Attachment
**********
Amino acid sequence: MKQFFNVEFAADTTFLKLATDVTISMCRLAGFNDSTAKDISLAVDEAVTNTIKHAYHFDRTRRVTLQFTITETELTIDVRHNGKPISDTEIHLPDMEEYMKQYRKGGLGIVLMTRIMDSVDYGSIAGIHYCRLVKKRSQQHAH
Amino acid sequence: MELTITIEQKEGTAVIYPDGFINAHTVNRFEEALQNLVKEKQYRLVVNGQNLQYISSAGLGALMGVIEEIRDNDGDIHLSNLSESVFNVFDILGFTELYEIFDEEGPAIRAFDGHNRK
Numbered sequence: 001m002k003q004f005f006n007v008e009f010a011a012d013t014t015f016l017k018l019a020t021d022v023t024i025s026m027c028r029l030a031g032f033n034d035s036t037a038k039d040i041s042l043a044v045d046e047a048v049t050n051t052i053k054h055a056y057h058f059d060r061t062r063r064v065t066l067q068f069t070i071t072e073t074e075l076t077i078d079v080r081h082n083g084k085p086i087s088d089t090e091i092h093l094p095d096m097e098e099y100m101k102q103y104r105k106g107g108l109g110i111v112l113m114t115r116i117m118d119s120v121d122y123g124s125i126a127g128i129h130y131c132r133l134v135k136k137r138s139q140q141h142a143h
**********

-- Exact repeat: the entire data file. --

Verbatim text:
Amino acid sequence: MKQFFNVEFAADTTFLKLATDVTISMCRLAGFNDSTAKDISLAVDEAVTNTIKHAYHFDRTRRVTLQFTITETELTIDVRHNGKPISDTEIHLPDMEEYMKQYRKGGLGIVLMTRIMDSVDYGSIAGIHYCRLVKKRSQQHAH
Amino acid sequence: MELTITIEQKEGTAVIYPDGFINAHTVNRFEEALQNLVKEKQYRLVVNGQNLQYISSAGLGALMGVIEEIRDNDGDIHLSNLSESVFNVFDILGFTELYEIFDEEGPAIRAFDGHNRK
Numbered sequence: 001m002k003q004f005f006n007v008e009f010a011a012d013t014t015f016l017k018l019a020t021d022v023t024i025s026m027c028r029l030a031g032f033n034d035s036t037a038k039d040i041s042l043a044v045d046e047a048v049t050n051t052i053k054h055a056y057h058f059d060r061t062r063r064v065t066l067q068f069t070i071t072e073t074e075l076t077i078d079v080r081h082n083g084k085p086i087s088d089t090e091i092h093l094p095d096m097e098e099y100m101k102q103y104r105k106g107g108l109g110i111v112l113m114t115r116i117m118d119s120v121d122y123g124s125i126a127g128i129h130y131c132r133l134v135k136k137r138s139q140q141h142a143h